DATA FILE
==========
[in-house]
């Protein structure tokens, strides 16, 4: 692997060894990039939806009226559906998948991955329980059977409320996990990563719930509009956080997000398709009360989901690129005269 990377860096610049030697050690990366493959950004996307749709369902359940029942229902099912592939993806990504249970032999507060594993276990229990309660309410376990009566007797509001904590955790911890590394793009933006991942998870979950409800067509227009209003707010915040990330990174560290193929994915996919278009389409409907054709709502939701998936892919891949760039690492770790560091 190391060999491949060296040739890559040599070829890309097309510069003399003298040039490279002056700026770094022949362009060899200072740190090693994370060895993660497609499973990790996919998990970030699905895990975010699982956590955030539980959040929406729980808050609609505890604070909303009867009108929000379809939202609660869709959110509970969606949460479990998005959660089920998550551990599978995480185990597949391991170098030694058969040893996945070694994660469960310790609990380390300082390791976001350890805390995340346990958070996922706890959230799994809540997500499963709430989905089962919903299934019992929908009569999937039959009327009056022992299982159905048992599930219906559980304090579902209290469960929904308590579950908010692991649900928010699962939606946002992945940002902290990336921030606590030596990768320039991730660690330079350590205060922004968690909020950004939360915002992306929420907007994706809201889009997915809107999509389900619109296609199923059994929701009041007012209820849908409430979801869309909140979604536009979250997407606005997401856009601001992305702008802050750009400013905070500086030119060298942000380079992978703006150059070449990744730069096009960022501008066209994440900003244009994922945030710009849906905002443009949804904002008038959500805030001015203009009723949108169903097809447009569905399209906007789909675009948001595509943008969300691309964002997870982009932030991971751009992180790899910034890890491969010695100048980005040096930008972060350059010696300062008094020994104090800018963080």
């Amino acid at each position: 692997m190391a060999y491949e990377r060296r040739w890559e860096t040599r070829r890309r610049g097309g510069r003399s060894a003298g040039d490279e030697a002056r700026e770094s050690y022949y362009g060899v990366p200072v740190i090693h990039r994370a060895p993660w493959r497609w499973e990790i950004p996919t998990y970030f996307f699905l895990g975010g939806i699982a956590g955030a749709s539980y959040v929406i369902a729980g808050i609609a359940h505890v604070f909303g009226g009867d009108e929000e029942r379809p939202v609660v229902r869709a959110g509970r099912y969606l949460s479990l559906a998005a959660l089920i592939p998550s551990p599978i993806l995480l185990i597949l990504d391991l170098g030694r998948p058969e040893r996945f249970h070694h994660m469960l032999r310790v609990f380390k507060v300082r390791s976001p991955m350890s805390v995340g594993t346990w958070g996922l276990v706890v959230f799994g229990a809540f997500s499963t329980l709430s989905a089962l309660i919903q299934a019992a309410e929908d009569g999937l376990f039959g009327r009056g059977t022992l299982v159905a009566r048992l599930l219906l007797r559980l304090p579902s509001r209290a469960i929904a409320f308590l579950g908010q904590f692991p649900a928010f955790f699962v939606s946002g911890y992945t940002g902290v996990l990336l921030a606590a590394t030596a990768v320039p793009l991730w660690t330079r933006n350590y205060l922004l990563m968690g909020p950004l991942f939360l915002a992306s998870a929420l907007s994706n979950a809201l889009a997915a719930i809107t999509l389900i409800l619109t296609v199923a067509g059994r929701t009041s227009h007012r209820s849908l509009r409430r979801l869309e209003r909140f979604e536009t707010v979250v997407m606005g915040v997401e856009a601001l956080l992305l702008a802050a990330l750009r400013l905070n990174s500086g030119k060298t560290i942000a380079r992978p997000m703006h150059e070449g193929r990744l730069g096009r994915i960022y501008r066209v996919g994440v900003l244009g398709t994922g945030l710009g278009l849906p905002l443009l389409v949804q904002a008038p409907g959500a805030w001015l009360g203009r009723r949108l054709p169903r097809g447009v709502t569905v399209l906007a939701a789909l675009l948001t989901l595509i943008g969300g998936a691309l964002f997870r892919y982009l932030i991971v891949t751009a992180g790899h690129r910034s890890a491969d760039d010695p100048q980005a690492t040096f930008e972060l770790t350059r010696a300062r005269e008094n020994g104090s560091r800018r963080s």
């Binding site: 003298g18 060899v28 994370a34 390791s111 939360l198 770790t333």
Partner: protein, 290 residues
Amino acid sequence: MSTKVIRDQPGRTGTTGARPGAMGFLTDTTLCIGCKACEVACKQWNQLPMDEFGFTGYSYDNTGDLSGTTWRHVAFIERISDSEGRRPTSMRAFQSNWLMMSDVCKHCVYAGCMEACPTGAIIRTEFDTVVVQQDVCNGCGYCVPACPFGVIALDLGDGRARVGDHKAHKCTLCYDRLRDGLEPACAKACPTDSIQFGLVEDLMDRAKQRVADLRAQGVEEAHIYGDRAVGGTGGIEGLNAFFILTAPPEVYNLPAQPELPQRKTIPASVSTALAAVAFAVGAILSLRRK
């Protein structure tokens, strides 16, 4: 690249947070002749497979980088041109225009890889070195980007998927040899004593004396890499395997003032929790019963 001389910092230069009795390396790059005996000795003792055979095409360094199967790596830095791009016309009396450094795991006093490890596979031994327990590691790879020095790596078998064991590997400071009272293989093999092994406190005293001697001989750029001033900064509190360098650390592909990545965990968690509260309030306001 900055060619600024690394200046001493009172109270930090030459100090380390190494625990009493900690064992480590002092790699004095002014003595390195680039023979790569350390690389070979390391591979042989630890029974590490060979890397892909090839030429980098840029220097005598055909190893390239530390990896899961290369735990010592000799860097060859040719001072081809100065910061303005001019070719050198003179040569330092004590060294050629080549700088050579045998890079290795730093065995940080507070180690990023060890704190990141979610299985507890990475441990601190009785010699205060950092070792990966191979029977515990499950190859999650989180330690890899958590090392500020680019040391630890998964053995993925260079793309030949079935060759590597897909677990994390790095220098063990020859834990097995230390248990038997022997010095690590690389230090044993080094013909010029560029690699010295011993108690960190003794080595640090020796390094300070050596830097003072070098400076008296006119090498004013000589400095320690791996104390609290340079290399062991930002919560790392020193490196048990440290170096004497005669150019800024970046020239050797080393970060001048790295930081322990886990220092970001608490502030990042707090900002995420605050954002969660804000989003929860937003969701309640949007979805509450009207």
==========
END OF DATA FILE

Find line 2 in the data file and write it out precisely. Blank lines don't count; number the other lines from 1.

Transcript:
């Protein structure tokens, strides 16, 4: 692997060894990039939806009226559906998948991955329980059977409320996990990563719930509009956080997000398709009360989901690129005269 990377860096610049030697050690990366493959950004996307749709369902359940029942229902099912592939993806990504249970032999507060594993276990229990309660309410376990009566007797509001904590955790911890590394793009933006991942998870979950409800067509227009209003707010915040990330990174560290193929994915996919278009389409409907054709709502939701998936892919891949760039690492770790560091 190391060999491949060296040739890559040599070829890309097309510069003399003298040039490279002056700026770094022949362009060899200072740190090693994370060895993660497609499973990790996919998990970030699905895990975010699982956590955030539980959040929406729980808050609609505890604070909303009867009108929000379809939202609660869709959110509970969606949460479990998005959660089920998550551990599978995480185990597949391991170098030694058969040893996945070694994660469960310790609990380390300082390791976001350890805390995340346990958070996922706890959230799994809540997500499963709430989905089962919903299934019992929908009569999937039959009327009056022992299982159905048992599930219906559980304090579902209290469960929904308590579950908010692991649900928010699962939606946002992945940002902290990336921030606590030596990768320039991730660690330079350590205060922004968690909020950004939360915002992306929420907007994706809201889009997915809107999509389900619109296609199923059994929701009041007012209820849908409430979801869309909140979604536009979250997407606005997401856009601001992305702008802050750009400013905070500086030119060298942000380079992978703006150059070449990744730069096009960022501008066209994440900003244009994922945030710009849906905002443009949804904002008038959500805030001015203009009723949108169903097809447009569905399209906007789909675009948001595509943008969300691309964002997870982009932030991971751009992180790899910034890890491969010695100048980005040096930008972060350059010696300062008094020994104090800018963080």